Piedmont Man Sentenced to 50 Years in Prison for Possession and Production of Child Pornography
BIRMINGHAM, Ala. – A federal judge today sentenced a Piedmont man for possession and production of child pornography, announced U.S. Attorney Prim F. Escalona, Federal Bureau of Investigation Special Agent in Charge Johnnie Sharp, Jr., and U.S. Immigration and Customs Enforcement Homeland Security Investigations Special Agent in Charge Katrina W. Berger.
U.S. District Court Judge R. David Proctor sentenced Matthew Allan Smyth, 37, to 600 months in prison followed by 120 months of supervised release. Smyth pleaded guilty in December 2020 to one count of production of child pornography and one count of possession of child pornography. This conviction will require him to register as a sex offender in accordance with the Sex Offender Registration and Notification Act (SORNA).
According to the plea agreement, Smyth admitted that he enticed a minor victim to engage in sexually explicit conduct for the purpose of producing child pornography between November 2016 and January 2018. On March 27, 2018, electronic devices seized from Smyth pursuant to a search warrant were received by U.S. Immigration and Customs Enforcement Homeland Security Investigations for forensic examination. The forensic review of the devices revealed a total of 15 pornographic videos and 161 pornographic images of the minor victim. All the videos and images were produced by Smyth.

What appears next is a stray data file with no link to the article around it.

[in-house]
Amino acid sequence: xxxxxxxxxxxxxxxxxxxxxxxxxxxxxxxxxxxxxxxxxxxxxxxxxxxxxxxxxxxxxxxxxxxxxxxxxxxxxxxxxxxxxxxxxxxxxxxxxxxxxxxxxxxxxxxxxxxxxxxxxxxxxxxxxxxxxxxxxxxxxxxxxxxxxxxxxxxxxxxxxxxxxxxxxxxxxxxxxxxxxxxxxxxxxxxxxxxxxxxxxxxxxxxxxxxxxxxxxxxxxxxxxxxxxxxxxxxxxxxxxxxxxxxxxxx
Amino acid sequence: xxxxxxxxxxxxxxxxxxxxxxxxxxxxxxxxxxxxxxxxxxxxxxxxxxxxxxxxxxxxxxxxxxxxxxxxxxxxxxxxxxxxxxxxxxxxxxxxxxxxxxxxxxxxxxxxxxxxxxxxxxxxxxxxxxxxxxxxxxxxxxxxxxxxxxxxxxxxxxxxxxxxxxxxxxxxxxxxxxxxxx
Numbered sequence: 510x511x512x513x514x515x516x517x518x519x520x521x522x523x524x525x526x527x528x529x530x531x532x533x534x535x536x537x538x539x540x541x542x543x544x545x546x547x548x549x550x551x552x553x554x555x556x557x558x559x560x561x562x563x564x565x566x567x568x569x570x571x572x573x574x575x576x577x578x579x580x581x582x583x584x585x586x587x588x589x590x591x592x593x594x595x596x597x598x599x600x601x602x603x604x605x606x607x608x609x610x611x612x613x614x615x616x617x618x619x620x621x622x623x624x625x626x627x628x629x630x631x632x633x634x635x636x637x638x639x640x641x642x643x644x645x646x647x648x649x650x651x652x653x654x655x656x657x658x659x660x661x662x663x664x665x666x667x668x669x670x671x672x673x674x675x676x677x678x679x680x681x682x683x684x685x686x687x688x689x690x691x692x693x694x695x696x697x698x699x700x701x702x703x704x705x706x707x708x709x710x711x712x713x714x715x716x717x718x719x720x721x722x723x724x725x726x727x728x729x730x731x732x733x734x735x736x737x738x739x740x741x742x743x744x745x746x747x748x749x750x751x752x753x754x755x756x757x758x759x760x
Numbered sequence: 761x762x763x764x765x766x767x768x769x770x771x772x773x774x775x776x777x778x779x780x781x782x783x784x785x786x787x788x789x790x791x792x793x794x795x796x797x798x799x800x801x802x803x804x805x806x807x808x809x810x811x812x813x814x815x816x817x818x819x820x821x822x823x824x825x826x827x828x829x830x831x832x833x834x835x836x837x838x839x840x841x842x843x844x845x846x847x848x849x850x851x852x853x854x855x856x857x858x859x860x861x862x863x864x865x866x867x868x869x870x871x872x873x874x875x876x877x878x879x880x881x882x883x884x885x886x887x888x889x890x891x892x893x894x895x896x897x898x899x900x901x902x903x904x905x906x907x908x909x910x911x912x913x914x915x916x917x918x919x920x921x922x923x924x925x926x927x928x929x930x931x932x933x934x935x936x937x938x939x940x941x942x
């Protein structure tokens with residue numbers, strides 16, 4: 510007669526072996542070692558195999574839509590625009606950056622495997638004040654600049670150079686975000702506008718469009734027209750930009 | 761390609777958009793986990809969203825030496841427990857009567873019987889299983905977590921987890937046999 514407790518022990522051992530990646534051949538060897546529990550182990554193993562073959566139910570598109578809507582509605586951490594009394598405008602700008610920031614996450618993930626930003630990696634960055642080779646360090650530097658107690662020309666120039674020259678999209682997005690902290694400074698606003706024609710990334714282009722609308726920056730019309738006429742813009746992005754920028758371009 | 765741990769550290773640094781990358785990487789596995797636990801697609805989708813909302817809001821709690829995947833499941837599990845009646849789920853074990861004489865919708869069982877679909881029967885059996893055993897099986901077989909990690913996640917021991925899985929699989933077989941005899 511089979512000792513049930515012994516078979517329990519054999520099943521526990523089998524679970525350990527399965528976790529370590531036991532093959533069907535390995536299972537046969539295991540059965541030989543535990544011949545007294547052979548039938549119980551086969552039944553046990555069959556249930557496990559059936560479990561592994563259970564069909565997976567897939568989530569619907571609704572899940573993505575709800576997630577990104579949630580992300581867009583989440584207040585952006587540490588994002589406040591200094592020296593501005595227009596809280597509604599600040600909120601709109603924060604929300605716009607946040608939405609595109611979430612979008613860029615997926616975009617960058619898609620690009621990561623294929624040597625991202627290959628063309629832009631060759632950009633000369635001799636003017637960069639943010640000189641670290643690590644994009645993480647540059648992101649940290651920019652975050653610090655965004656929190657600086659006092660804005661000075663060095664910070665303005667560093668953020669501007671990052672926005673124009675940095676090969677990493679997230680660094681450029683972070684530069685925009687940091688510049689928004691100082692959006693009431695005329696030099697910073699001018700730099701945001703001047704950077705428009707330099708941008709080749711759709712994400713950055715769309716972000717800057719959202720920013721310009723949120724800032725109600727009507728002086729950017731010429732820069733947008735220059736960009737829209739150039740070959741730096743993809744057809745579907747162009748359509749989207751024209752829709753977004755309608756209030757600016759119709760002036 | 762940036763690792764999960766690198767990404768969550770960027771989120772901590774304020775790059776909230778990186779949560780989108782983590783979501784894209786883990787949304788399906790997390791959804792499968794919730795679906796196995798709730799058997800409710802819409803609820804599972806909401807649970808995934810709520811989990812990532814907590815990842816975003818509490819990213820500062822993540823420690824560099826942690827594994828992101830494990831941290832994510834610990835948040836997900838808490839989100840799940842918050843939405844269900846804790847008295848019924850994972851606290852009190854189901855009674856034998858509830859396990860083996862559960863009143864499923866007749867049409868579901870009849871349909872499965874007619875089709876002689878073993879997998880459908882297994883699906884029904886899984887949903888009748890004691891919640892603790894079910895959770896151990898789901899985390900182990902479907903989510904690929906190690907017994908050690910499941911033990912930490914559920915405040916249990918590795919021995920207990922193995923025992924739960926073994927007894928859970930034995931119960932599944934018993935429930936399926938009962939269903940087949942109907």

“Today’s sentence sends a strong message to all other sexual predators,” USA Escalona said. “Smyth stole the innocence of this young child. Children are our most vulnerable victims, and my office will do everything in our power to seek justice for them.”
“These crimes are disgusting, and our investigators will remain ever vigilant in protecting victims,” SAC Sharp said. “Thank you to the collaborative efforts of our state and local law enforcement partners to remove yet another child predator from our community.”
“This sentence ensures that Smyth will not be able to hurt anyone else with his filth and the community can rest a little easier in that knowledge,” said Special Agent in Charge Katrina W. Berger, who oversees Homeland Security Investigations (HSI) operations in Georgia and Alabama.
FBI and U.S. Immigration and Customs Enforcement Homeland Security Investigations investigated the case, along with the Alabama Law Enforcement Agency, Piedmont Police Department, and the Oxford Police Department. Assistant U.S. Attorney R. Leann White prosecuted the case.
The case was brought as part of Project Safe Childhood, a nationwide initiative launched in May 2006 to combat the growing epidemic of child sexual exploitation and abuse. Led by U.S. Attorney’s Offices and the Criminal Division’s Child Exploitation and Obscenity Section (CEOS), Project Safe Childhood marshals federal, state, and local resources to better locate, apprehend, and prosecute individuals who exploit children via the Internet, and to identify and rescue victims. For more information about Project Safe Childhood, please visit www.projectsafechildhood.gov.
The U.S. Department of Homeland Security and U.S. Immigration & Customs Enforcement (ICE) also encourages the public to report suspected child predators and any suspicious activity through its toll-free hotline at (866) 347-2423. Investigators are available at all hours to answer hotline calls. Tips or other information can also be submitted to ICE online by visiting their website at www.ice.gov/exec/forms/hsi-tips/tips.asp or through the Operation Predator smartphone application www.ice.gov/predator/smartphone-app. Tips may be submitted anonymously.